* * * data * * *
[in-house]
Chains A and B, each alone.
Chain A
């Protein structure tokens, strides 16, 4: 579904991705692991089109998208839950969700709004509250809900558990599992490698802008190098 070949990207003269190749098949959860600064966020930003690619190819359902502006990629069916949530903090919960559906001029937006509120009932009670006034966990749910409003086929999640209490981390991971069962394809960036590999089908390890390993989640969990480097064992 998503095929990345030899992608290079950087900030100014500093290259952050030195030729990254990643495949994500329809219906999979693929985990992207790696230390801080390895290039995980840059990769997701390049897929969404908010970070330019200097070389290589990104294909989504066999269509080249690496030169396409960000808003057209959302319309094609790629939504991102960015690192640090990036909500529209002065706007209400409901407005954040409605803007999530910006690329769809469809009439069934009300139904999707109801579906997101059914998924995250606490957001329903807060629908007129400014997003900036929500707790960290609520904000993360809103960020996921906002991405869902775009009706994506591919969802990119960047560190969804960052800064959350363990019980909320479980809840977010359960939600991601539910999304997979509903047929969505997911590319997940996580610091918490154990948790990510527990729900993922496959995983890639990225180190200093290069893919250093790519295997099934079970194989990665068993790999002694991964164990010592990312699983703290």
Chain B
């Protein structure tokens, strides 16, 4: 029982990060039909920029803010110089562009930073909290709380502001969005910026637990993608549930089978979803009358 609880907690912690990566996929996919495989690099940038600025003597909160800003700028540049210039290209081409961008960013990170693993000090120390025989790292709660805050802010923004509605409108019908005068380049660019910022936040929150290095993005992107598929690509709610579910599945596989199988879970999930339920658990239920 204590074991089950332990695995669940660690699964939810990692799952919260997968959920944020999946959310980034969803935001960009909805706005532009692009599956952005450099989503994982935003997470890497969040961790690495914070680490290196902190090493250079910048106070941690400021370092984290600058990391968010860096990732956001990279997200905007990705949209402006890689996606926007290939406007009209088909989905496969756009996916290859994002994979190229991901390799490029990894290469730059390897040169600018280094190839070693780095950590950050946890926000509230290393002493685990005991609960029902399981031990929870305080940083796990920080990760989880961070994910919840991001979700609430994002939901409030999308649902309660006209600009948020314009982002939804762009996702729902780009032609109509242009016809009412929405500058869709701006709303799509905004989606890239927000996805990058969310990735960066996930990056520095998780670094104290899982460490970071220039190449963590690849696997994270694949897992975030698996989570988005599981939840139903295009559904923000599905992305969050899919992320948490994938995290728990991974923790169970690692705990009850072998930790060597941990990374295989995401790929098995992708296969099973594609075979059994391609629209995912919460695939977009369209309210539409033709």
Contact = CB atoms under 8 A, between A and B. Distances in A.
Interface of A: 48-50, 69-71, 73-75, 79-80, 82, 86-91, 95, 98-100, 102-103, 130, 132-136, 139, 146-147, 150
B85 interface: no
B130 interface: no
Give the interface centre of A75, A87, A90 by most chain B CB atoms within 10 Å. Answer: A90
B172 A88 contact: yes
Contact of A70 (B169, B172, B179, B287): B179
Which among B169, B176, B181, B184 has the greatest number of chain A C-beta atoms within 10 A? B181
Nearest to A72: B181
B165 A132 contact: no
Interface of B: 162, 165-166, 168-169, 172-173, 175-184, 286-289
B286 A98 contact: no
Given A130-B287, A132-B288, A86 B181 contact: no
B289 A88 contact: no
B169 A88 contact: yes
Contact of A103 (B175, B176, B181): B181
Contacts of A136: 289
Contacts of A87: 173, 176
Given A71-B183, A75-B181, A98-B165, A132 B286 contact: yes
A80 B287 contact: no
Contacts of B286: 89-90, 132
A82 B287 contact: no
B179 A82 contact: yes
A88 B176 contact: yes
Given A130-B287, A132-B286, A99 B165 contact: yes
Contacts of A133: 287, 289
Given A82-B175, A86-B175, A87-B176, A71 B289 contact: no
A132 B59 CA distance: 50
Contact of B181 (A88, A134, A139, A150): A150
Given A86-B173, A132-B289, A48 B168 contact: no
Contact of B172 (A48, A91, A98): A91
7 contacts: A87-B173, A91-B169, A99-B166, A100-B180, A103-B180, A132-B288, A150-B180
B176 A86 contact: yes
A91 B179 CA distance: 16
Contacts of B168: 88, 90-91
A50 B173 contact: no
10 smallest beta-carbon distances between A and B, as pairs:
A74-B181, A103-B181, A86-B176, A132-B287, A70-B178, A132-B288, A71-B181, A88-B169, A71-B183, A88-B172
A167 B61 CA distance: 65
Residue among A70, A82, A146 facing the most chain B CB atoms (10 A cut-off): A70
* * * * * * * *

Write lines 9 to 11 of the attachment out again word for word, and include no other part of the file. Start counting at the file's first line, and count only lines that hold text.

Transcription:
B85 interface: no
B130 interface: no
Give the interface centre of A75, A87, A90 by most chain B CB atoms within 10 Å. Answer: A90